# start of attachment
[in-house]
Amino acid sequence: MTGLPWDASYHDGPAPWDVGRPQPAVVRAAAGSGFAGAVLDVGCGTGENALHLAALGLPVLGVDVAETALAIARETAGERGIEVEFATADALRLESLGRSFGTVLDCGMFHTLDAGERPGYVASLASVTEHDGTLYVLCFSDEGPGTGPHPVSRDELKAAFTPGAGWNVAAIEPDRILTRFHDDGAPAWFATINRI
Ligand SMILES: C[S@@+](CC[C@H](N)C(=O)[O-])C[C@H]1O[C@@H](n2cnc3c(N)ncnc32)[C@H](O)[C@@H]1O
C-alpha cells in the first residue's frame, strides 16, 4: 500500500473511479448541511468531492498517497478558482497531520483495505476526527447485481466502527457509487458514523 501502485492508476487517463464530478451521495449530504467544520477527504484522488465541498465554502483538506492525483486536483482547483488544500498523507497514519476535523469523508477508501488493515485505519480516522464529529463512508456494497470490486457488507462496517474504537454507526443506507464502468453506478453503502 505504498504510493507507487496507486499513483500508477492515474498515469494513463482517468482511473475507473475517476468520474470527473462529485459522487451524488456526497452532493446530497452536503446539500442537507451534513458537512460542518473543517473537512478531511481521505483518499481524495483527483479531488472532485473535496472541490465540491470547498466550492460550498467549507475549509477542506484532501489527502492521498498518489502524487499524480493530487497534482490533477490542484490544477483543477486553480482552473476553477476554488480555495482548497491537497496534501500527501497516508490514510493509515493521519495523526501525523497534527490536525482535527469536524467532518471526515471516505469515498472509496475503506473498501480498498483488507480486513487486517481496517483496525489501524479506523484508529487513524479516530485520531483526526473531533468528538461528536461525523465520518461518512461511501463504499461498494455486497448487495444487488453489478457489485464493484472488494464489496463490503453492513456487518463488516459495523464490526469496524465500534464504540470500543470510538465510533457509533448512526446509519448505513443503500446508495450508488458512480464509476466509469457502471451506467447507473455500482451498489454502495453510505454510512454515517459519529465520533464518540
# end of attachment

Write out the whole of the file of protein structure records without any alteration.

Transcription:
[in-house]
Amino acid sequence: MTGLPWDASYHDGPAPWDVGRPQPAVVRAAAGSGFAGAVLDVGCGTGENALHLAALGLPVLGVDVAETALAIARETAGERGIEVEFATADALRLESLGRSFGTVLDCGMFHTLDAGERPGYVASLASVTEHDGTLYVLCFSDEGPGTGPHPVSRDELKAAFTPGAGWNVAAIEPDRILTRFHDDGAPAWFATINRI
Ligand SMILES: C[S@@+](CC[C@H](N)C(=O)[O-])C[C@H]1O[C@@H](n2cnc3c(N)ncnc32)[C@H](O)[C@@H]1O
C-alpha cells in the first residue's frame, strides 16, 4: 500500500473511479448541511468531492498517497478558482497531520483495505476526527447485481466502527457509487458514523 501502485492508476487517463464530478451521495449530504467544520477527504484522488465541498465554502483538506492525483486536483482547483488544500498523507497514519476535523469523508477508501488493515485505519480516522464529529463512508456494497470490486457488507462496517474504537454507526443506507464502468453506478453503502 505504498504510493507507487496507486499513483500508477492515474498515469494513463482517468482511473475507473475517476468520474470527473462529485459522487451524488456526497452532493446530497452536503446539500442537507451534513458537512460542518473543517473537512478531511481521505483518499481524495483527483479531488472532485473535496472541490465540491470547498466550492460550498467549507475549509477542506484532501489527502492521498498518489502524487499524480493530487497534482490533477490542484490544477483543477486553480482552473476553477476554488480555495482548497491537497496534501500527501497516508490514510493509515493521519495523526501525523497534527490536525482535527469536524467532518471526515471516505469515498472509496475503506473498501480498498483488507480486513487486517481496517483496525489501524479506523484508529487513524479516530485520531483526526473531533468528538461528536461525523465520518461518512461511501463504499461498494455486497448487495444487488453489478457489485464493484472488494464489496463490503453492513456487518463488516459495523464490526469496524465500534464504540470500543470510538465510533457509533448512526446509519448505513443503500446508495450508488458512480464509476466509469457502471451506467447507473455500482451498489454502495453510505454510512454515517459519529465520533464518540